“Brian Byrne is our vice-captain. Brian came on the last day and ended up straight away when he came on winning a ball at midfield and he ended up getting a vital point in the second-half so I suppose the way these lads work there's no standout leaders, they each lead by the way of their actions and what they do on the field.
“Yeah, definitely, Canice is a huge, huge loss to us and we'd love to have Canice out there but the last day in the semi-final, when Canice went off, the lads got down to it and worked really hard and got straight back into the game with a goal and a point in the few minutes after Canice's injury.
“They'll just deal with whatever situation arises, they don't seem to panic and I suppose hopefully we'll continue that this weekend.”
Henry has full faith in his team to cope without Mulligan because he knows they’re made of the right stuff.
They’ve obviously got talent to burn, but it’s their character and will to win that most consistently impresses him.
"I definitely think most of it is a good group that came together at one time and ended up having a good work ethic. They are great for pushing each other and making sure that they make each other accountable for what they are doing.
“I suppose that all really has to be down to them and making sure that if someone is not towing the line they pull him back in. It is about getting a good cohesive group that really bonds together and are really good friends at the end of it.
“I suppose the other thing is that there are no egos in them. They just get on with what has to happen. There's no-one there that ends up feeling that they're any better than anybody else in the team and they just work as a team. I suppose it's trying to make sure that we can end up continuing that and getting the lads to fight for each other and help each other out.”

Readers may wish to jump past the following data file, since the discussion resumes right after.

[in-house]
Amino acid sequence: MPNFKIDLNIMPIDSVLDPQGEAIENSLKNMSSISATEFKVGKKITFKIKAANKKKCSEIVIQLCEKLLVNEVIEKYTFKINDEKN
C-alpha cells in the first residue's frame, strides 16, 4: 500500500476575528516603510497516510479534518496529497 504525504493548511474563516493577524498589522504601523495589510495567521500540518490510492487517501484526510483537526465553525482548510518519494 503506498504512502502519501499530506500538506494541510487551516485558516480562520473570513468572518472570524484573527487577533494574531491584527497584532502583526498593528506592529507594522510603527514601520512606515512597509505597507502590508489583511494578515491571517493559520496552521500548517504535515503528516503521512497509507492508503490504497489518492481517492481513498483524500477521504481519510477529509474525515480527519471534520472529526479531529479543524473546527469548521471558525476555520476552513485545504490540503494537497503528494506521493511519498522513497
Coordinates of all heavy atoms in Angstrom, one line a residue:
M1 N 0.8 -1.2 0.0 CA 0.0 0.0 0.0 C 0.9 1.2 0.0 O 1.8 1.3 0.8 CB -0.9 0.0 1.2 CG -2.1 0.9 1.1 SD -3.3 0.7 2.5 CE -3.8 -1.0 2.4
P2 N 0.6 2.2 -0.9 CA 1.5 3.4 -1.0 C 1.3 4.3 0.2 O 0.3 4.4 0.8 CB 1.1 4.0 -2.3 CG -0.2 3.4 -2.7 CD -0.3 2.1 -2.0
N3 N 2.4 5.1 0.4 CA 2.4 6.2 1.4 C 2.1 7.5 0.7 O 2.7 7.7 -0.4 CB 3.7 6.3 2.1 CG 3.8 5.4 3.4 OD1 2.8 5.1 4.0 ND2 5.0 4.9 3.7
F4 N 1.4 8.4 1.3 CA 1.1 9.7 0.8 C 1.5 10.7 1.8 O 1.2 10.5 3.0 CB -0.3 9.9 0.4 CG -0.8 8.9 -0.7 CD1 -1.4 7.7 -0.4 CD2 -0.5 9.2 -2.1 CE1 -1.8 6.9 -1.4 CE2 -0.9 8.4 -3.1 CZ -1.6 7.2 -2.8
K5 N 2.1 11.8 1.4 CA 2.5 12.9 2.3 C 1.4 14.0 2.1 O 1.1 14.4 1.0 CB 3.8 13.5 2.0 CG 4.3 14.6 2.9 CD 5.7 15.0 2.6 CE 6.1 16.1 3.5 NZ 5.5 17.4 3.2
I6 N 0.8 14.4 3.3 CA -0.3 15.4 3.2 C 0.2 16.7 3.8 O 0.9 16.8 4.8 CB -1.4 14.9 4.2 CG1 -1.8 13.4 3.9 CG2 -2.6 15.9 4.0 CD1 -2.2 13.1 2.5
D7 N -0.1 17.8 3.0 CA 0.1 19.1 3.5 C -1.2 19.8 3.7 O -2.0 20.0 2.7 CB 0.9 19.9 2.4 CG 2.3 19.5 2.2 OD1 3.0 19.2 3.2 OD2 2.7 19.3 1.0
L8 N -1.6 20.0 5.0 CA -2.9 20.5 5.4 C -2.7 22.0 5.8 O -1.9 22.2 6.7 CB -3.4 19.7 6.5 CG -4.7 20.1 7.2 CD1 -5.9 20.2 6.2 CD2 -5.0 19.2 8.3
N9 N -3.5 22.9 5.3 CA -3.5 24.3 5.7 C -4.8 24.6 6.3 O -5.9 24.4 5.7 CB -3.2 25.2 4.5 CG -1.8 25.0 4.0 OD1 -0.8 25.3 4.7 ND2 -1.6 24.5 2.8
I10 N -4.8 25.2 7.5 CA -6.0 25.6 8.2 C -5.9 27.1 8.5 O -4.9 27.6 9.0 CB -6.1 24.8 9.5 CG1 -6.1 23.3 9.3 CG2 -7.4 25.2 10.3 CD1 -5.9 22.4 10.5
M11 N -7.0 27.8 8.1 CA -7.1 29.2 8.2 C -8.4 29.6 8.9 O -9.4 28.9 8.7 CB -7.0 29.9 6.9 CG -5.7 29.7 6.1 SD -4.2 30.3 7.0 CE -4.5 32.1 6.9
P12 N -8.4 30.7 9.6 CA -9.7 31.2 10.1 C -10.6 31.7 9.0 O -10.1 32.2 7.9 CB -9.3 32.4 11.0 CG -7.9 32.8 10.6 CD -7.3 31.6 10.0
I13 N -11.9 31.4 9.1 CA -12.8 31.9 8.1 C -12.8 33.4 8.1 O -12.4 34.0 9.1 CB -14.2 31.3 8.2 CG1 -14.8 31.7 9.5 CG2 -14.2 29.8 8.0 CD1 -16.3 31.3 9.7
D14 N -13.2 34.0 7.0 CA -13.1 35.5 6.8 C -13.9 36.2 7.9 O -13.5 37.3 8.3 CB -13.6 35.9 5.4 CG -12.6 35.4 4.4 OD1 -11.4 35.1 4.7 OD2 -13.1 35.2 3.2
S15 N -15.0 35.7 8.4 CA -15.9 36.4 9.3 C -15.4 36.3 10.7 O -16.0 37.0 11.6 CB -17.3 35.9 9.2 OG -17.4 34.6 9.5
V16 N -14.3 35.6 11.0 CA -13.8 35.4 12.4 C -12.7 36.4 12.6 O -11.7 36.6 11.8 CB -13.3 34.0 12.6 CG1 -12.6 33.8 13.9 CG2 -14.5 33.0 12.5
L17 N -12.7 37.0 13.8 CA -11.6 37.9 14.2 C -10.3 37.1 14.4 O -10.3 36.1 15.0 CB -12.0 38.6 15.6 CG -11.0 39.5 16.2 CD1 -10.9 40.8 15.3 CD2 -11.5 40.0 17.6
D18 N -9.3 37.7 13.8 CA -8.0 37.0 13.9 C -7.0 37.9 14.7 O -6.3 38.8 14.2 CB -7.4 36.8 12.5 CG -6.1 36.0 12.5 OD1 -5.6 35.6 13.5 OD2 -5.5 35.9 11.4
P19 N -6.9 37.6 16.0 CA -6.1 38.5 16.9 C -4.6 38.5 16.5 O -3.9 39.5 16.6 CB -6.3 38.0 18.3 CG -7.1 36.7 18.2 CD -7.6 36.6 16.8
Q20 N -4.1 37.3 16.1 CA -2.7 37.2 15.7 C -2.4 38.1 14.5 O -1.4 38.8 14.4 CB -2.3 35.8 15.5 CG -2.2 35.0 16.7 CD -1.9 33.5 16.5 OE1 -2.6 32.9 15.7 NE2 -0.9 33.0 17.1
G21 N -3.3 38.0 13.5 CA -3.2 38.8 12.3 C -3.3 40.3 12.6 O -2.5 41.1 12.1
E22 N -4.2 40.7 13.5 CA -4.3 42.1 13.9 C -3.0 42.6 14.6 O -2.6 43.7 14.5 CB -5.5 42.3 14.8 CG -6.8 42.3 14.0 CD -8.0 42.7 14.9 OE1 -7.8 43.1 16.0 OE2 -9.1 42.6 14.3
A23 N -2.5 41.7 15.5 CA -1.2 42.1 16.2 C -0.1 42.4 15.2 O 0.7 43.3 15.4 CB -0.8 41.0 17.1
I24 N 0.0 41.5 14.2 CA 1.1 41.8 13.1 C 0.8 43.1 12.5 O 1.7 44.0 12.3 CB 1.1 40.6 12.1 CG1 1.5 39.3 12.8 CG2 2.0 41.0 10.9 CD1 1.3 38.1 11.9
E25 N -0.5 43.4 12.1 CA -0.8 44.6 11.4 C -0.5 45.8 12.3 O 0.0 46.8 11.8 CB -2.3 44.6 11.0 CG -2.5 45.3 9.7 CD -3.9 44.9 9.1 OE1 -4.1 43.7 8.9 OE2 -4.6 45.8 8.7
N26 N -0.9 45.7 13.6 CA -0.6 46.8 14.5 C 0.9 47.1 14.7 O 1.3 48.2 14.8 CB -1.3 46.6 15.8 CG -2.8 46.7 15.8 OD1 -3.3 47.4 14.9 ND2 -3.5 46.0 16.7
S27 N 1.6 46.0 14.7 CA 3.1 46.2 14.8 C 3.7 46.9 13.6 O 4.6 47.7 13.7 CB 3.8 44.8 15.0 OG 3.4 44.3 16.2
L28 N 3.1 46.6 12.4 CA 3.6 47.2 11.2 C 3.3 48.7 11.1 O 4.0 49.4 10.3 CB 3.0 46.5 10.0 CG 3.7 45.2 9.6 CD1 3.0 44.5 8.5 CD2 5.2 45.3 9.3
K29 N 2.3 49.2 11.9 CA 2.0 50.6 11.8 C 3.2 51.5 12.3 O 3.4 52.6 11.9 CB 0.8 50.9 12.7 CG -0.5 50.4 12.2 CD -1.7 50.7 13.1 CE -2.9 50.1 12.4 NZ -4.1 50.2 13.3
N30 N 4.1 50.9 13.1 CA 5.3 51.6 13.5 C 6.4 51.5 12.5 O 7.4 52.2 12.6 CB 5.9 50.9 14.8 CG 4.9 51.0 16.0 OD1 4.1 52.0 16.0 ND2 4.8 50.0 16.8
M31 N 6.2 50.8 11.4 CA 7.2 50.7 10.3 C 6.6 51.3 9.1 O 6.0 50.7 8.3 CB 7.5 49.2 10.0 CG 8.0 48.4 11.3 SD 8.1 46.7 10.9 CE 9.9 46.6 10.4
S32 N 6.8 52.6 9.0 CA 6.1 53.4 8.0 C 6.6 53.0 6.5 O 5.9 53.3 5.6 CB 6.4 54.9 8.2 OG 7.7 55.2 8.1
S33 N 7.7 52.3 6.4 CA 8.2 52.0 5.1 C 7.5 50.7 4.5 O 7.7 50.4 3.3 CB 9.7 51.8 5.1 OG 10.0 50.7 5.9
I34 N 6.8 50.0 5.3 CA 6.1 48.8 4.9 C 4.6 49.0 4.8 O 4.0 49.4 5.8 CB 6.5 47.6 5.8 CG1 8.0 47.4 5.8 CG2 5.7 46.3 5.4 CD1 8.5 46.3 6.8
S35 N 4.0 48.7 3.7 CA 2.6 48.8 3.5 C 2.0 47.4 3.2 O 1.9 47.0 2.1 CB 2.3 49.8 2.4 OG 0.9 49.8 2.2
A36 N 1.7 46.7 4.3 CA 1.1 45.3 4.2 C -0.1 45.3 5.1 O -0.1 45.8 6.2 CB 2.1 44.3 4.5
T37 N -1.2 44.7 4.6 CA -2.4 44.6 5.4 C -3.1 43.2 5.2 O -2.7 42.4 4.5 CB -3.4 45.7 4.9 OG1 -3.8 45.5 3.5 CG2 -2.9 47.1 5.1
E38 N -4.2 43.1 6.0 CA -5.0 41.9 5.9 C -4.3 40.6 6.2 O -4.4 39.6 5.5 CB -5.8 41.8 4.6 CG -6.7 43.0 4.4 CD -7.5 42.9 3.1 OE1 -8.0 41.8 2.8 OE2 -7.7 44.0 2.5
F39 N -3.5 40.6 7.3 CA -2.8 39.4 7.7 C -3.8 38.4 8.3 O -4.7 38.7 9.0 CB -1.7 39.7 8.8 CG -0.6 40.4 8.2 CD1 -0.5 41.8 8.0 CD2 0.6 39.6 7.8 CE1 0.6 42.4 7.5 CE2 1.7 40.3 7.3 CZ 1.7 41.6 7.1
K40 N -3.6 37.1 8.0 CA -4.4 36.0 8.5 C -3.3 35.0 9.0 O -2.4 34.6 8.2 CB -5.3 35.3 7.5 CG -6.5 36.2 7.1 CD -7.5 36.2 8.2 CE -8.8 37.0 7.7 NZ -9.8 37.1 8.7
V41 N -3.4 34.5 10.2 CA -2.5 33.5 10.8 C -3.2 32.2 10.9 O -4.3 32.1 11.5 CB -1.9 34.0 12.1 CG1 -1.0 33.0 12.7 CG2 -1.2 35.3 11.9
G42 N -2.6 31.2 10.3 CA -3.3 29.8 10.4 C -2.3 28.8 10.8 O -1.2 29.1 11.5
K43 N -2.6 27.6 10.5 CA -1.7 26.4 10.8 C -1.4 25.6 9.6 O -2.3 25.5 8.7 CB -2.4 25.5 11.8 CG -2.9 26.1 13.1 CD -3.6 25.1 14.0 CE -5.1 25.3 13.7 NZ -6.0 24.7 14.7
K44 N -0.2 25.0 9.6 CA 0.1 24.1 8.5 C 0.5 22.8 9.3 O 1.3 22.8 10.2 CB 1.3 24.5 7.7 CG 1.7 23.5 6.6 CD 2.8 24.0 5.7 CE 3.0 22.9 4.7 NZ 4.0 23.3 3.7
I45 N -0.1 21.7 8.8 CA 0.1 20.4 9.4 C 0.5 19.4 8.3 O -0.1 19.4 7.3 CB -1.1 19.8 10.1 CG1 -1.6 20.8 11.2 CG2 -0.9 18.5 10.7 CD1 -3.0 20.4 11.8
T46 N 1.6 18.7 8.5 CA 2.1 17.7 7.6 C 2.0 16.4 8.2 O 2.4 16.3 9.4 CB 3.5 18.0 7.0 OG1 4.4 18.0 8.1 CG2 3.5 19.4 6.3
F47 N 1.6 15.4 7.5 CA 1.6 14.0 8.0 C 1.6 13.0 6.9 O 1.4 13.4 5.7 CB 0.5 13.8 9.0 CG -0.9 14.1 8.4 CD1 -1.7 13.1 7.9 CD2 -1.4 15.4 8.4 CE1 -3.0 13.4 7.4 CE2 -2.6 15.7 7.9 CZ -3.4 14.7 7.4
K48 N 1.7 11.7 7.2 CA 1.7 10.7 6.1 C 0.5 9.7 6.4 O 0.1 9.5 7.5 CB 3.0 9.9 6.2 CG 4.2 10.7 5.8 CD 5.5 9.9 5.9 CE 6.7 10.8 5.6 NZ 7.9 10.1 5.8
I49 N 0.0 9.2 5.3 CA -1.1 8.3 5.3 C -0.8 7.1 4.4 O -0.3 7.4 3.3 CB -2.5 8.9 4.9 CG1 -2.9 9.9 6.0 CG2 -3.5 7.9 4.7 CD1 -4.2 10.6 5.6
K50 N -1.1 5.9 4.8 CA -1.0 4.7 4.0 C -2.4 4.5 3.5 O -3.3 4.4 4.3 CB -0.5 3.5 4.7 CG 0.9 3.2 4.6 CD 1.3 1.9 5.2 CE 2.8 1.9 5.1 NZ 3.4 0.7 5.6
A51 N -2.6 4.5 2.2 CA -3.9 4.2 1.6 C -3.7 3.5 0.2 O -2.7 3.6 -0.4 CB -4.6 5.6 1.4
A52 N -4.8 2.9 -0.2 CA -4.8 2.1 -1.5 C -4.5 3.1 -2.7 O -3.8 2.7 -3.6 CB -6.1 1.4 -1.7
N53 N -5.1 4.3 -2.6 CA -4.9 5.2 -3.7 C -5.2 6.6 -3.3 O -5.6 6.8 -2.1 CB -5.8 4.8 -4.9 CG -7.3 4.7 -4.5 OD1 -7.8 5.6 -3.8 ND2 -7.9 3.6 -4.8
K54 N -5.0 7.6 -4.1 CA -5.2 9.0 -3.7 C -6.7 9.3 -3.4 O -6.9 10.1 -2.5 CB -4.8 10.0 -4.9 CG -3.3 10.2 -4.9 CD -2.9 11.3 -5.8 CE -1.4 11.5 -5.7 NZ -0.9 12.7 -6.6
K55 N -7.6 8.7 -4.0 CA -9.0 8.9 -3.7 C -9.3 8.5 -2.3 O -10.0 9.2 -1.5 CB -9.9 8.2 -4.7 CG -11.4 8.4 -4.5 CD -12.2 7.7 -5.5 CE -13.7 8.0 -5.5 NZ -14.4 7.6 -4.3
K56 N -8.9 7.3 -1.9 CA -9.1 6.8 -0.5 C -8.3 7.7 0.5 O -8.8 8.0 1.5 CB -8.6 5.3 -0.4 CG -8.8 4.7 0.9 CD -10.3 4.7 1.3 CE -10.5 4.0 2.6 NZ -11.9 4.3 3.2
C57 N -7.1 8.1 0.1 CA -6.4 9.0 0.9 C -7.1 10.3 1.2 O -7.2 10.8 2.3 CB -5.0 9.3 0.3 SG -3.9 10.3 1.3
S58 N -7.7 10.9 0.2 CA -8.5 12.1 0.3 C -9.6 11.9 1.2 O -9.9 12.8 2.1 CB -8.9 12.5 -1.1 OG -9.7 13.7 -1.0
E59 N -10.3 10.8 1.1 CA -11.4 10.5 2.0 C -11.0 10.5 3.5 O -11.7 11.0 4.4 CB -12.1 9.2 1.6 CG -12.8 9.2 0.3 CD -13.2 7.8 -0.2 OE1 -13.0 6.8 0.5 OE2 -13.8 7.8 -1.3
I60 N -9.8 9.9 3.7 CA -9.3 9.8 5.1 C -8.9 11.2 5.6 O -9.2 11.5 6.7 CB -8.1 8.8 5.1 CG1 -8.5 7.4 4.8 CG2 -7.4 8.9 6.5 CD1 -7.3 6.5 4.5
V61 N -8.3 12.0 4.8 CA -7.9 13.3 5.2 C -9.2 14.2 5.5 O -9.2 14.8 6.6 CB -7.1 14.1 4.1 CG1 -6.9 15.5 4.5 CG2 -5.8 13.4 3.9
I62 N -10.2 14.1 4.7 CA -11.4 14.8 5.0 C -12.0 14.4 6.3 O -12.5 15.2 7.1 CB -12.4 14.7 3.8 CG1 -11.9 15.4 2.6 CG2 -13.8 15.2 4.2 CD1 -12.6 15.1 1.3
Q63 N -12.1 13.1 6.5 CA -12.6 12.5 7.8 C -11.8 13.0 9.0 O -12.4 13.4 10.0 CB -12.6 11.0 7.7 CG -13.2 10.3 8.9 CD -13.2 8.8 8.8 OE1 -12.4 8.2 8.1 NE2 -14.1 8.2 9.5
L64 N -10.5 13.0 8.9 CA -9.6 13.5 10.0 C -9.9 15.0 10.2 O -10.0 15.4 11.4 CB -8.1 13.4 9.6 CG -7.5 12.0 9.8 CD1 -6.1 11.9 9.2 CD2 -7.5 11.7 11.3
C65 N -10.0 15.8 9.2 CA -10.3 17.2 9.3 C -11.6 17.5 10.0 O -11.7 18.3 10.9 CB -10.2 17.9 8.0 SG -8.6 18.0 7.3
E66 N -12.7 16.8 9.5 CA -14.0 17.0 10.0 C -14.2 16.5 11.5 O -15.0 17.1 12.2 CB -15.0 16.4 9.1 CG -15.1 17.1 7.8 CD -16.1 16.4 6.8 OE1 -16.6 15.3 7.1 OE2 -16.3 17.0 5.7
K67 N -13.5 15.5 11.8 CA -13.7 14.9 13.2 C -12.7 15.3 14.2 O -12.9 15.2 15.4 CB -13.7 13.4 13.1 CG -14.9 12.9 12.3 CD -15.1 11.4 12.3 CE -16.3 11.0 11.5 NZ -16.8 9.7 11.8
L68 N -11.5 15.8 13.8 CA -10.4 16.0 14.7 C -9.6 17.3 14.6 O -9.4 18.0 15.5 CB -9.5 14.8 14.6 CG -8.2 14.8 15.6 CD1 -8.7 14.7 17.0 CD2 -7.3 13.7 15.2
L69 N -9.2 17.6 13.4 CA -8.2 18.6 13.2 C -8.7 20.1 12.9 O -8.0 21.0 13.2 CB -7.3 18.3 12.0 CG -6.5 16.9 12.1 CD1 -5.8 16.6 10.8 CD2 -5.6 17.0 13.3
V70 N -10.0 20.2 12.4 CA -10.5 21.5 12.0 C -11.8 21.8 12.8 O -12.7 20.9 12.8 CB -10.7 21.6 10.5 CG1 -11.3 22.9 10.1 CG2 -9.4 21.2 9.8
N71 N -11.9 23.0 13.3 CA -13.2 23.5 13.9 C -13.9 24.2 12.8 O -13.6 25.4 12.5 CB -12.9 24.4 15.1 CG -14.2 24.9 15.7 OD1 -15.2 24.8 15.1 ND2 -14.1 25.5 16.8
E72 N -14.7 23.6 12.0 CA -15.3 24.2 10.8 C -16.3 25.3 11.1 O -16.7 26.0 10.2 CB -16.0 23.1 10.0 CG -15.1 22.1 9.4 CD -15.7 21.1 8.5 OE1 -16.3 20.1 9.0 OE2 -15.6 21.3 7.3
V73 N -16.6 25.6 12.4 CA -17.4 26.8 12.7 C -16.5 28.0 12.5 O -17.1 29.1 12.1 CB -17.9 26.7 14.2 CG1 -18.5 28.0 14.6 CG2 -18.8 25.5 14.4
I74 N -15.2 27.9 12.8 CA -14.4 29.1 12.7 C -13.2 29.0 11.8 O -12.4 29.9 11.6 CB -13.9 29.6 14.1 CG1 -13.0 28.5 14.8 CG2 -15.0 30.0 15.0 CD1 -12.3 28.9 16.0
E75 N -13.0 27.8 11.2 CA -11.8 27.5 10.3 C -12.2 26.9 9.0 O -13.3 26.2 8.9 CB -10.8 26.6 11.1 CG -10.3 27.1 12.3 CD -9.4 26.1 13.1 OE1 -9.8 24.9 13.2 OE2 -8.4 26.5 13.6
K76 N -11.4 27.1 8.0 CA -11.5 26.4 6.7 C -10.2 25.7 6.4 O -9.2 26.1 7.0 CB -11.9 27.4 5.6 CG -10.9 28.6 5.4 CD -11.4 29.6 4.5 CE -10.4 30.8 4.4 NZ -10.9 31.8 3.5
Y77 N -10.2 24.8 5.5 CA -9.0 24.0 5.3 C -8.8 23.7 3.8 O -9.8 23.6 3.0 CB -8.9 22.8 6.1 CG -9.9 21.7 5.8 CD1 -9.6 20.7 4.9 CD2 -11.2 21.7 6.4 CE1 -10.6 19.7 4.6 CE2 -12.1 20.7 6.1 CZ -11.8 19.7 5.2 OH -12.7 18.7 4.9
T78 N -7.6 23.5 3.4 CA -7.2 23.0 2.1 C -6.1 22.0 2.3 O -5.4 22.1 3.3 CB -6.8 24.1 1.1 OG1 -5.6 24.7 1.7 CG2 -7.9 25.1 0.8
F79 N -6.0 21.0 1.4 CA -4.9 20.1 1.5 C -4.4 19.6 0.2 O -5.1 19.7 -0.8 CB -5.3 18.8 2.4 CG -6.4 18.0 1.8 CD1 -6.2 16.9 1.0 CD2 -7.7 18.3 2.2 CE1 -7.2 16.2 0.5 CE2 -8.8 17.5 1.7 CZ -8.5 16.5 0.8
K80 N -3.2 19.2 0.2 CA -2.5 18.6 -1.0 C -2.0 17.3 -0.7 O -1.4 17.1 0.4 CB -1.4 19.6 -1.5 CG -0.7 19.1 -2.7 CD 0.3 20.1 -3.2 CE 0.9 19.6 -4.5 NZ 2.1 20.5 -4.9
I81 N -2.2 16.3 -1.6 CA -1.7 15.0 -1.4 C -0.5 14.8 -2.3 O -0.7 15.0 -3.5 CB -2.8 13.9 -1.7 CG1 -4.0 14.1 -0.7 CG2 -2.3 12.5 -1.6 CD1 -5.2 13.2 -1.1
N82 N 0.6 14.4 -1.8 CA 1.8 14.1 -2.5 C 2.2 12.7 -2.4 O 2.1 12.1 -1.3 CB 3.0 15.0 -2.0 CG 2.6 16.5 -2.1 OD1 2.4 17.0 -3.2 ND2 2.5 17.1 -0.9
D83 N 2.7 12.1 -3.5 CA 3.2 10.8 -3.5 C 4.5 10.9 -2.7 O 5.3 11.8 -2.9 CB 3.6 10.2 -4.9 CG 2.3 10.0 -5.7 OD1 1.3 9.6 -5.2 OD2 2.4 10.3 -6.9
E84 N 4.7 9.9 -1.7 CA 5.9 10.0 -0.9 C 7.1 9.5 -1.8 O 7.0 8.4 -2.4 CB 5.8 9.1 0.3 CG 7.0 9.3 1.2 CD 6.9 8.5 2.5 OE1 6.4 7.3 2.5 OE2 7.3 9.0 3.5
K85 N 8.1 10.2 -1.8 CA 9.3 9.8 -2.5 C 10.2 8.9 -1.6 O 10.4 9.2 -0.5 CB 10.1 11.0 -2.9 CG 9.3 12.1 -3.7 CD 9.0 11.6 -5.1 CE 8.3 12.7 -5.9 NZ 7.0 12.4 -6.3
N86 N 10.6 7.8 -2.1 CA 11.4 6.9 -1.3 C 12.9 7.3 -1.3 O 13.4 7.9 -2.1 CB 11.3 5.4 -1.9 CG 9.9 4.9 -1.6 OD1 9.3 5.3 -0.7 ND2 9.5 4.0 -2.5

Regardless of whether they win or not on Saturday, Henry is confident Sligo football has a very bright future.
They’ve won two Connacht U-20 titles in a row, a Connacht minor title two years ago, and schools like Summerhill and St. Attracta’s are consistently successful.
Sligo are steadily building a Gaelic football culture that should stand them in good stead for years to come.
“Definitely, that's the plan, that's the idea behind all of this,” says Henry.
“That if we can get some level of a culture and a belief in the younger lads coming up that they'll all want to continue on to senior level and play for the county at that level. And also the younger kids in Sligo seeing that, knowing that if they do tog out for Sligo GAA in the future that they'll have an opportunity to get to Connacht Finals or get to All-Ireland semi-finals or finals.
“I suppose it's trying to make sure that there's a level of a belief there that it's worth their while to go in and play for Sligo as opposed to deciding at a younger age that, oh, we'll end up just staying with our club or we may end up going for Sligo Rovers or go play rugby in Sligo.
“We have to make sure that we get as many good, young footballers into a Sligo jersey and that that will hopefully bring a little bit of silverware along the way.”